By Tracy Jones
One of the most hated terms in the marketing and public relations world is “author’s corrections”. We hate charging for them, our clients hate paying for them and our designers hate doing them.
Having got that off my chest, I’ll admit that they’re an inevitable and necessary part of our business. But there are ways to make them far less painful for everyone involved.
What are author’s corrections?
Author’s corrections are changes made to the instructions, the scope of the project, the text or the photos you have supplied after work has commenced.
Your agency writes a radio script. You request changes. They make the changes and you sign off on the script. This will not incur author’s corrections. However, if you continue to change the script, you may be charged additional costs. If you change the script after your agency has produced the commercial, the costs will obviously be much higher.
Your agency designs a poster. You like the design but want the logo and heading bigger. The agency makes the changes and sends it back to you. At this stage you have not been charged author’s corrections. You approve the second design, but then ask the agency to replace two of the images and change the words in the heading. This may incur author’s corrections because you have made changes to the original instructions.
Why do they cost so much?
It seems simple on the surface to change one or two words. Unfortunately, in many cases this can be a time consuming process. For example:
• If you change the words in a 30 second radio commercial script, you might make the commercial longer than the original 30 seconds. We will need to test the new script to see if it fits in the timeframe and may need to edit other sections of the commercial to reduce the length.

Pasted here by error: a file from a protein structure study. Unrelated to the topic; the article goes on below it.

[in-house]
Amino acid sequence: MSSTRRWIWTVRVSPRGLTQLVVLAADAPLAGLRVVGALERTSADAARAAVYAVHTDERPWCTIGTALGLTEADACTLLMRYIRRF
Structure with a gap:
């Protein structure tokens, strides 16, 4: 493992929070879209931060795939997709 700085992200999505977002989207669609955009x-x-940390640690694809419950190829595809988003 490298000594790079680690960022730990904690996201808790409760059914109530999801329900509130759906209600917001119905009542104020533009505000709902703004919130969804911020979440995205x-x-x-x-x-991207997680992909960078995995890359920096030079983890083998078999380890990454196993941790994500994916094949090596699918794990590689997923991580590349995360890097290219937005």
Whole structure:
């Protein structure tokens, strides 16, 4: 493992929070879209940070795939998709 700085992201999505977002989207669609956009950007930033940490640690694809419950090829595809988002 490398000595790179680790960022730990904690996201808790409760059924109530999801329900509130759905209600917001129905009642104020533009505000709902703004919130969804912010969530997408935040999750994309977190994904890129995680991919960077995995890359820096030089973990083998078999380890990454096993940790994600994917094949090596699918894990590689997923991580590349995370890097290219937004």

• Graphic design files are very large. That’s what makes them such high quality once they are printed. These large files take time to load and also to save changes. By the time a designer locates the file (which is often stored off the server on a disk because of its size), loads the file, works on the changes, saves it and creates a low resolution copy for you to view, it can take up to 30 minutes to make a minor change. That’s why we ask you to send through all author’s corrections in one go if possible.
• If you add new words to a brochure that has already been laid out, you can push words onto a new line and make the document longer than it was previously. This can bump photos out of place and make columns spill over onto new pages. Once we’ve added the new words we need to check the document to make sure that hasn’t happened. If it has happened, we need to take the time to fix it.
How can I reduce the costs?
• Make sure your text, headings and image choices are approved before you send it to your agency.
• For projects that require design, filming or audio, organise approvals before your agency proceeds to the production stage. It is much easier to change a word in a text document than to reshoot a TV commercial.
• If your agency is working in a text document, consider updating the document yourself rather than marking it up and sending it to the agency. That way you won’t be paying for the agency to make the changes.
• When you receive a draft make sure everyone provides their changes at the same time. Send all the changes through to your agency at the same time. It costs more for the agency to change five words on five separate occasions than to change all five at the same time.
• If your agency sends through something that you are not 100% happy with, tell them what you like about it and what you don’t like about it. This will make it easier for them to get it right.
Most importantly, if you are worried about author’s corrections talk to your agency about it. Any good agency will be happy to provide advice on how to keep costs down.